The US House of Representatives on Wednesday overwhelmingly passed three measures against China in protest of the country’s human rights record. However, one Republican voted against two of the three bills.
The three measures ban imports from Xinjiang into China and condemn “ongoing genocide” in the region amid concerns over forced labor and human rights abuses.
A resolution that the International Olympic Committee violated its human rights commitments by cooperating with China was passed 428-0. The resolution was brought in protest against the case of Chinese tennis player Peng Shuai, who “disappeared” shortly after accusing a former top Chinese government official of sexual assault.
The remaining two resolutions were passed with only one Republican, Kentucky Representative Thomas Massey, voting against him.
One of these resolutions condemned “ongoing genocide and crimes against humanity” by China against Uighurs and members of other religious and ethnic minority groups, and called for action at the United Nations.
The second measure involves the imposition of new restrictions on imports from Xinjiang by US Customs and Border Protection, in place called the “Uighur Forced Labor Prevention Act”. The bill sought to ensure that goods produced through forced labor by minority groups including Uighurs, Kazakhs and Kyrgyz would not be bought or sold in the US.
Mr Macy recently sparked outrage after posting a Christmas photo of his family with guns, just days after four students were killed in Michigan in the deadliest school shooting in the country since 2018.
In the photo, Mr. Massey and his family, all holding guns, are seen posing in front of the Christmas tree. The photo was captioned: “Merry Christmas! PS Santa, please bring gunpowder.”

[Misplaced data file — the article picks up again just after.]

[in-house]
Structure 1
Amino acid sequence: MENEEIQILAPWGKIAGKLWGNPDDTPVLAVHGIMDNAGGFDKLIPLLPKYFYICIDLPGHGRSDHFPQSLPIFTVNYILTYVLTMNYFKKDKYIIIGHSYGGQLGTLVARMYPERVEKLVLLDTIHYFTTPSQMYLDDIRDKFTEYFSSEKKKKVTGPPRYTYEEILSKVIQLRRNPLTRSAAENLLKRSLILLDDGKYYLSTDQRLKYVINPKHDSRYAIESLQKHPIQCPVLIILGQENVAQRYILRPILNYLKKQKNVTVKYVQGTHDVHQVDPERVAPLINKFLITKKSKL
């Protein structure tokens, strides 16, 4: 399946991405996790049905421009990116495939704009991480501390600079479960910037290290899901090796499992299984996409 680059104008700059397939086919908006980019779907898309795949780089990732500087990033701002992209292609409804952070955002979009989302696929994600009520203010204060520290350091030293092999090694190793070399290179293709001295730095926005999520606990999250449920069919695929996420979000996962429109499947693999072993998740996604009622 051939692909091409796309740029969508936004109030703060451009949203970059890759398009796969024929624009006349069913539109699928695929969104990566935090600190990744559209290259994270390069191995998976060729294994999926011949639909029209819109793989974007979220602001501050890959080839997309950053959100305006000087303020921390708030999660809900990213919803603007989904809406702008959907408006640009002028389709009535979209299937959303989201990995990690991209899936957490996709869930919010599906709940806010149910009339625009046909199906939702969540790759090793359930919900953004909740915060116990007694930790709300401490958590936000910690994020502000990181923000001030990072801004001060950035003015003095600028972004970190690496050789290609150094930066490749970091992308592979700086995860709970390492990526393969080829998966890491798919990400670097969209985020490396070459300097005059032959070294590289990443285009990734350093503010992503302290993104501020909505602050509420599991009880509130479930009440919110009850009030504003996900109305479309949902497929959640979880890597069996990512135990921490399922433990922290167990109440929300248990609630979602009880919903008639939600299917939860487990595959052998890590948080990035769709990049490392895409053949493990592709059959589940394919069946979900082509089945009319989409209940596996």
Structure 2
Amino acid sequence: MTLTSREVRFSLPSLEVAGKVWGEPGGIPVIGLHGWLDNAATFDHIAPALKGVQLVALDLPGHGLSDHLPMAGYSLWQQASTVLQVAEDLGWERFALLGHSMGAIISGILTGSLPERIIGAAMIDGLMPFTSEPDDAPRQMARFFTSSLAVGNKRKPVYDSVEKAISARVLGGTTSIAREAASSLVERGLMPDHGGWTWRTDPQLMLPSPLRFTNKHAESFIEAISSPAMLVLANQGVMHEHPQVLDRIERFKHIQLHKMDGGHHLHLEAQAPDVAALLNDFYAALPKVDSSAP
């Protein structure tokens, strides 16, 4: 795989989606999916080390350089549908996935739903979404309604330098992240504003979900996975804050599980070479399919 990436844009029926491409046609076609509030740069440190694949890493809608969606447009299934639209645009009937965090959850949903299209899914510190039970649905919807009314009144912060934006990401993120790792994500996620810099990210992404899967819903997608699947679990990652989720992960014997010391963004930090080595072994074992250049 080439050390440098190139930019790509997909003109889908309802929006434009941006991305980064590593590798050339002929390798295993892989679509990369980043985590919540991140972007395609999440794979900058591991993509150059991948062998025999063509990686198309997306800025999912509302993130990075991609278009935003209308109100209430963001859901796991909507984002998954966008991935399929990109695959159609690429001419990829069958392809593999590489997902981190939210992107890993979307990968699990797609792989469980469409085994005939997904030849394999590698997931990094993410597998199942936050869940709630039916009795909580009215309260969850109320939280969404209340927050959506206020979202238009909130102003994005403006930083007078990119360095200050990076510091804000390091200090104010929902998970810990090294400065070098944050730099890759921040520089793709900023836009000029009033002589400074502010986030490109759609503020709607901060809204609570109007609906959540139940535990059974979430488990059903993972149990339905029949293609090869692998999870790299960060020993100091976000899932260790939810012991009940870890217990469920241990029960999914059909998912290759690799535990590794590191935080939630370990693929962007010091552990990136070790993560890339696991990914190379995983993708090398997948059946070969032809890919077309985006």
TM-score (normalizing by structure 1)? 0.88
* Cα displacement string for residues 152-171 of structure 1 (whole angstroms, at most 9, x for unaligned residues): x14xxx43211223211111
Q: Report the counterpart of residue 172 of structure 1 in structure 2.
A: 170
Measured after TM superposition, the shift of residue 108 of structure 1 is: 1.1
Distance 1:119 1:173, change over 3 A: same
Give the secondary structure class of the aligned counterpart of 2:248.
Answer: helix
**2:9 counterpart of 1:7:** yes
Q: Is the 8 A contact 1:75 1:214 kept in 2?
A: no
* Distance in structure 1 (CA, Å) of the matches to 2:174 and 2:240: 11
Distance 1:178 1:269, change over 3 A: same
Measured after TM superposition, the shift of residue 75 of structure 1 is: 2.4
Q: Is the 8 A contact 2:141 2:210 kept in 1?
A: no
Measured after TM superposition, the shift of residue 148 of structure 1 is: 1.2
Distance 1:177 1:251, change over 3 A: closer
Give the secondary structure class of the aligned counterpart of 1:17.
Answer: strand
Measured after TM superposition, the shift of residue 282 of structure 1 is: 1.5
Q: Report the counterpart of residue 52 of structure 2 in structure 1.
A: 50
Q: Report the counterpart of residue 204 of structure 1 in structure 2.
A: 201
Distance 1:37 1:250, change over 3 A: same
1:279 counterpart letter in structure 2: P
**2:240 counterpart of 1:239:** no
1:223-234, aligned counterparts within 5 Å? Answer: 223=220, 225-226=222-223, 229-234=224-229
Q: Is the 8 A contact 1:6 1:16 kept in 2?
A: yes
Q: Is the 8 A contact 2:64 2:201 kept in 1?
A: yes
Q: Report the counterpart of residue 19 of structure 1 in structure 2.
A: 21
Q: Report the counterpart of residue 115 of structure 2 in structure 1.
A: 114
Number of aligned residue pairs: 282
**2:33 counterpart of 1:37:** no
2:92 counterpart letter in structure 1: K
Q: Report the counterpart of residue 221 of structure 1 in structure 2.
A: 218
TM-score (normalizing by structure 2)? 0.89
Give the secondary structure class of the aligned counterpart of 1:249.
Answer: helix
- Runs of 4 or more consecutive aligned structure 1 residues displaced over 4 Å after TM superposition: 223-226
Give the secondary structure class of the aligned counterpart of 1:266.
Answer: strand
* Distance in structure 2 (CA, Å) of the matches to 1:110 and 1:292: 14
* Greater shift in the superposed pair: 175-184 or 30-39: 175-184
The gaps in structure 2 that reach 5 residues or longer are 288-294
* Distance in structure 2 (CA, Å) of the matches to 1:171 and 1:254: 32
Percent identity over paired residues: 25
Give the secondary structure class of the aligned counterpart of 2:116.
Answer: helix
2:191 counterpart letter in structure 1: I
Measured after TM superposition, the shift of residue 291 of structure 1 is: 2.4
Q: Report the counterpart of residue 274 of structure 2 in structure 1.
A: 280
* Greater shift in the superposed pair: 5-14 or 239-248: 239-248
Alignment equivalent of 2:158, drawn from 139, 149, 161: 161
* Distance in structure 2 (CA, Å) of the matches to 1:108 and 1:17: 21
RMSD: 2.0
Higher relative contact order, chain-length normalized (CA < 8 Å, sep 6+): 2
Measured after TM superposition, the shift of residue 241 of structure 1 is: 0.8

The social media post received backlash for being insensitive to the victims of the shooting at a Michigan high school, where sophomore Ethan Crumbley is accused of firing shots at fellow students.
Massey said he voted “no” because he believed the US should not interfere in the internal affairs of other countries. the new York Times.
These three proposals have come amid rising tensions between the US and China.
Just two days earlier, the Joe Biden administration announced a diplomatic boycott of the Winter Olympics in China in February. The US said on Monday that no government official would attend the Winter Olympics to protest China’s alleged human rights abuses and genocide.
Beijing has denied any wrongdoing in Xinjiang amid global outcry for rights activists to boycott the country.
House Speaker Nancy Pelosi said in a statement after the bill was passed: “Today, Congress sends a clear message: The Chinese government’s genocide of the Uighur people must now end.”
“If the US does not speak up for human rights in China because of commercial interests, we lose the moral right to speak up for human rights anywhere in the world,” Pelosi said.
The bills will now go to the Senate before being sent to President Joe Biden for approval.
Credit: www.independent.co.uk / China